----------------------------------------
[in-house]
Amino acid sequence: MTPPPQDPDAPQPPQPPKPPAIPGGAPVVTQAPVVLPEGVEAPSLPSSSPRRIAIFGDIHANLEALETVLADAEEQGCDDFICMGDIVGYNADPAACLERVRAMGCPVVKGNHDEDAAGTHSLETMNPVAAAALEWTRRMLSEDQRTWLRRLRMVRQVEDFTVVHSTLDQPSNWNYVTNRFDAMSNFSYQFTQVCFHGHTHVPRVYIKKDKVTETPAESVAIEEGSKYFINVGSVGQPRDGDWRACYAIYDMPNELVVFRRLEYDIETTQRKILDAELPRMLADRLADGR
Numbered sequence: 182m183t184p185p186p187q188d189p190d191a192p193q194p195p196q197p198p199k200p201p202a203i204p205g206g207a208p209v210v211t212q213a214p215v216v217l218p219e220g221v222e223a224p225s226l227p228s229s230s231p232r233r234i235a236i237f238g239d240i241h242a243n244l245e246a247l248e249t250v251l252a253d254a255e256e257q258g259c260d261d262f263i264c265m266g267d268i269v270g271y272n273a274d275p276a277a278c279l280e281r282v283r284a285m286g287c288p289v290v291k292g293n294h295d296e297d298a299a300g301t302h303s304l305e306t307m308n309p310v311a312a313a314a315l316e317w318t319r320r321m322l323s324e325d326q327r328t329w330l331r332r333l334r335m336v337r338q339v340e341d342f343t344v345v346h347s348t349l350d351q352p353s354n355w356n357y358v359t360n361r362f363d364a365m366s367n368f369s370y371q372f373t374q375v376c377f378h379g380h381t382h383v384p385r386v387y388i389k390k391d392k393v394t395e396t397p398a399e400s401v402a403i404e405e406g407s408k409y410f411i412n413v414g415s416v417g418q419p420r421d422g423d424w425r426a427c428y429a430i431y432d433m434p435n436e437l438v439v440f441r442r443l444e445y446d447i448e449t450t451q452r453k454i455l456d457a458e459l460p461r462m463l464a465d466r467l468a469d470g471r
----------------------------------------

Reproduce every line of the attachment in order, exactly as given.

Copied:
[in-house]
Amino acid sequence: MTPPPQDPDAPQPPQPPKPPAIPGGAPVVTQAPVVLPEGVEAPSLPSSSPRRIAIFGDIHANLEALETVLADAEEQGCDDFICMGDIVGYNADPAACLERVRAMGCPVVKGNHDEDAAGTHSLETMNPVAAAALEWTRRMLSEDQRTWLRRLRMVRQVEDFTVVHSTLDQPSNWNYVTNRFDAMSNFSYQFTQVCFHGHTHVPRVYIKKDKVTETPAESVAIEEGSKYFINVGSVGQPRDGDWRACYAIYDMPNELVVFRRLEYDIETTQRKILDAELPRMLADRLADGR
Numbered sequence: 182m183t184p185p186p187q188d189p190d191a192p193q194p195p196q197p198p199k200p201p202a203i204p205g206g207a208p209v210v211t212q213a214p215v216v217l218p219e220g221v222e223a224p225s226l227p228s229s230s231p232r233r234i235a236i237f238g239d240i241h242a243n244l245e246a247l248e249t250v251l252a253d254a255e256e257q258g259c260d261d262f263i264c265m266g267d268i269v270g271y272n273a274d275p276a277a278c279l280e281r282v283r284a285m286g287c288p289v290v291k292g293n294h295d296e297d298a299a300g301t302h303s304l305e306t307m308n309p310v311a312a313a314a315l316e317w318t319r320r321m322l323s324e325d326q327r328t329w330l331r332r333l334r335m336v337r338q339v340e341d342f343t344v345v346h347s348t349l350d351q352p353s354n355w356n357y358v359t360n361r362f363d364a365m366s367n368f369s370y371q372f373t374q375v376c377f378h379g380h381t382h383v384p385r386v387y388i389k390k391d392k393v394t395e396t397p398a399e400s401v402a403i404e405e406g407s408k409y410f411i412n413v414g415s416v417g418q419p420r421d422g423d424w425r426a427c428y429a430i431y432d433m434p435n436e437l438v439v440f441r442r443l444e445y446d447i448e449t450t451q452r453k454i455l456d457a458e459l460p461r462m463l464a465d466r467l468a469d470g471r